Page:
There's a wee bit at the start of the Toy Story world, when Sora first meets Woody and the gang in Andy's room and they decide to team up and go on an adventure. The gang hop out of Andy's room and onto the street, and I turned the camera around to see Woody and Buzz running along side me, and the animation of Woody's loose, puppet-like run was so perfectly captured, so authentic and accurate to the film that I felt a real connection to what was happening. It was as if a burst of welcome nostalgia overtook me for a moment, and I was transported to the feeling of being 8 or 9, going to the pictures in Ayr with my mum and dad to see Toy Story for the first time.

For me, that's the magic of Kingdom Hearts. A few reviews of Kingdom Hearts 3 have mentioned that all the Disney worlds feel a bit superfluous to the main thread running through the game; as if they're there to tick the boxes of what's expected in a Kingdom Hearts game before getting them out the way for the real plot. On the surface, that's true.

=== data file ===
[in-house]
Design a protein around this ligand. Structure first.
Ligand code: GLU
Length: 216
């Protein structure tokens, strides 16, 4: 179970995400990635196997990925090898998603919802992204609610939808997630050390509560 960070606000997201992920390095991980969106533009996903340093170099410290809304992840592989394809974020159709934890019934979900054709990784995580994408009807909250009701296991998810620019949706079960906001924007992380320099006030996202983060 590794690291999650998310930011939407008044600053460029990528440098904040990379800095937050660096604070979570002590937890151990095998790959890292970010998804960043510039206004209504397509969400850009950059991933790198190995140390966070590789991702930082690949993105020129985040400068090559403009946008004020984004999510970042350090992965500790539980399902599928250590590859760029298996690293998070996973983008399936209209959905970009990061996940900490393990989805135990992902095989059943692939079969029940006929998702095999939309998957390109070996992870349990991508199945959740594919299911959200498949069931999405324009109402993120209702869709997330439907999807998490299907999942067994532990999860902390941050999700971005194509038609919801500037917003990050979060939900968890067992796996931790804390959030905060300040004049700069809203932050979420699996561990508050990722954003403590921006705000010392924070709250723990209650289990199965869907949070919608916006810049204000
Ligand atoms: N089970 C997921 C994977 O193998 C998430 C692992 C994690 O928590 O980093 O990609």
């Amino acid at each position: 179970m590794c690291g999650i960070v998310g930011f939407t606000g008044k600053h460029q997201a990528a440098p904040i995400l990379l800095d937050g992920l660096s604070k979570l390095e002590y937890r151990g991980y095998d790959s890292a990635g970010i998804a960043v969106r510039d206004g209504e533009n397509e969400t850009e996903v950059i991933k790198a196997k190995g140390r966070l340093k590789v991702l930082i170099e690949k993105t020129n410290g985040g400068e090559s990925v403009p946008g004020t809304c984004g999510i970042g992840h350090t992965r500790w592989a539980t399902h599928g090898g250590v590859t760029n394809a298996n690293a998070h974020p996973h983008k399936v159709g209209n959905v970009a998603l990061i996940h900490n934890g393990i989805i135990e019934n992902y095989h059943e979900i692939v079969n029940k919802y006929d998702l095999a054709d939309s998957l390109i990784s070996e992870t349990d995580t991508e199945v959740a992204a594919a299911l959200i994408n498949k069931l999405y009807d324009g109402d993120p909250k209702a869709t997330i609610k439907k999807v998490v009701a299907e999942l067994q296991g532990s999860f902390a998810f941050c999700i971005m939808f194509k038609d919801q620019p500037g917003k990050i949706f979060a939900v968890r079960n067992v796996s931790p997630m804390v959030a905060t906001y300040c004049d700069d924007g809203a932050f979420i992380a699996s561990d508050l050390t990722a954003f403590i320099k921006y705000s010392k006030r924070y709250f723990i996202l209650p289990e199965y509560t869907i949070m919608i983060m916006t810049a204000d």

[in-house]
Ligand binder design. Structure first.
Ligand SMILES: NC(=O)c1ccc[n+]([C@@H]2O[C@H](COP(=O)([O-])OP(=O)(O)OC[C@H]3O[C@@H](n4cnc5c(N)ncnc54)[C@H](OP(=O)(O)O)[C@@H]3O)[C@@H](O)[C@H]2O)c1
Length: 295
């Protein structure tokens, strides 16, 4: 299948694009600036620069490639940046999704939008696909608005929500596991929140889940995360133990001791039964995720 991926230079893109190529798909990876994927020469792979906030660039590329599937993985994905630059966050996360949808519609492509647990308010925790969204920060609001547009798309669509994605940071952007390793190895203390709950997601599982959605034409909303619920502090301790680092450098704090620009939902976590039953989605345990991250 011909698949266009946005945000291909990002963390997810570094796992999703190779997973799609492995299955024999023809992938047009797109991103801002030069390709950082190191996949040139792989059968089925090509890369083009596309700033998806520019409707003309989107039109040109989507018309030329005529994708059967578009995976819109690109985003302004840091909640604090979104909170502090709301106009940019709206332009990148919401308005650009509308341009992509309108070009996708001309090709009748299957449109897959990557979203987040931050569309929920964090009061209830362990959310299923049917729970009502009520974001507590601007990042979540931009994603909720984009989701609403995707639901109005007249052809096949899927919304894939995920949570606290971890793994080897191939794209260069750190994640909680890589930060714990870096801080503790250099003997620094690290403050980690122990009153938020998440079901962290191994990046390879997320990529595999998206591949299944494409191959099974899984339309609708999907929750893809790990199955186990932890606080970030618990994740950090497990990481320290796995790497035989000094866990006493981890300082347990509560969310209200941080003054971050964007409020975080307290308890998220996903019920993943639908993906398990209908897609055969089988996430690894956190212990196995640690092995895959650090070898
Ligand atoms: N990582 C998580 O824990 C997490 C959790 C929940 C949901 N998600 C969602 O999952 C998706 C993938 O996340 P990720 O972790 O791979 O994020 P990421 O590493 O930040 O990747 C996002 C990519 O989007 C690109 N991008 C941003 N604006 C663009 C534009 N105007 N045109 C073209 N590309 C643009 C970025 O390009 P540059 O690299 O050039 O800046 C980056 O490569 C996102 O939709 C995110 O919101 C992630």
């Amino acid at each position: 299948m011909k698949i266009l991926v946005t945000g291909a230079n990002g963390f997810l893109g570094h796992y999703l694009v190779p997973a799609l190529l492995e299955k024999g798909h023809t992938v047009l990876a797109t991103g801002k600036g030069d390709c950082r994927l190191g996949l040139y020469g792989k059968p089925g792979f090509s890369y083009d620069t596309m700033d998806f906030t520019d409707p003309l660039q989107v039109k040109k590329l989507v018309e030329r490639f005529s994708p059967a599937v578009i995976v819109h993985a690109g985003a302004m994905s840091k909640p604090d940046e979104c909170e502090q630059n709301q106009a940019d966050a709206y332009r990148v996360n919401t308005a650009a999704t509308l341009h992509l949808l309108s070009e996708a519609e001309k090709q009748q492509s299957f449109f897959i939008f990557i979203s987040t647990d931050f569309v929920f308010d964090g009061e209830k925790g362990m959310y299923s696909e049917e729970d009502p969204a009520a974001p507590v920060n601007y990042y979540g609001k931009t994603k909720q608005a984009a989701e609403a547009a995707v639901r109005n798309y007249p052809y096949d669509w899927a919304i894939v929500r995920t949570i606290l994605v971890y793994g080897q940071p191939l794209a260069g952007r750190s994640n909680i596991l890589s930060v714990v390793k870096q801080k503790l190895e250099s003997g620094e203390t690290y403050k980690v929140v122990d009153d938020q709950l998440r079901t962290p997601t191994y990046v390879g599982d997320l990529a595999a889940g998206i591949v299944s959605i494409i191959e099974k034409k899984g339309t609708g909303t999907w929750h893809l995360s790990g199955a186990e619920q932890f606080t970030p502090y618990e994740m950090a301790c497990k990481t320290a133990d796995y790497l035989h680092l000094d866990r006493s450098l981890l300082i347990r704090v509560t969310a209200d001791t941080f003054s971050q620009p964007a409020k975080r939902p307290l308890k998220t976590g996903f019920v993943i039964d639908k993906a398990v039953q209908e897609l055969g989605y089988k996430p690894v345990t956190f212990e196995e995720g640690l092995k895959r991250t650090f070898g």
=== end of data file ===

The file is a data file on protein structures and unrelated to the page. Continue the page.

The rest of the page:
There's always been a strange juxtaposition of portentous anime pish and wholesome Disney fun. For me though, playing Kingdom Hearts 3 has reminded be how vital the Disney worlds are to the whole experience. Kingdom Hearts is a game of childlike, wistful nostalgia, and the themes of each world Sora visits marry up quite well with his quest to save his friends.

So that's Kingdom Hearts 3 then. A comforting continuation of the series that improves on pretty much every aspect of it. In my opinion, its the best of the bunch, and an essential game if you're into action RPGs. If you're a Kingdom Hearts fan you've already played it by now, but if you're not deep into the series rest assured that I think the game is still enjoyable for newcomers. You might be confused at some, well most of the details but the worst-kept-secret in Kingdom Hearts fandom is that nobody really knows what's going on. You can stop watching this review now, safe in the knowledge that, after such a long development time, Kingdom Hearts 3 was well worth the wait.

Watch the video for spoiler-filled ending thoughts…



Another Nintendo Direct surprise. I’ll admit, I’m a bit disappointed. There’s a great game in here, and I’m been looking forward to it for a long time, but it’s very ropey just now. Loose, laggy controls, poor frame-rate and a lack of motion aiming make for a bad experience. It’s early days though so I’m still optimistic.



One of the best Final Fantasies on the best console you can play. It’s the mobile/steam version again, with all the plus points (high-res characters!) and minus points (music glitches!) It’s lovely revisiting this classic though.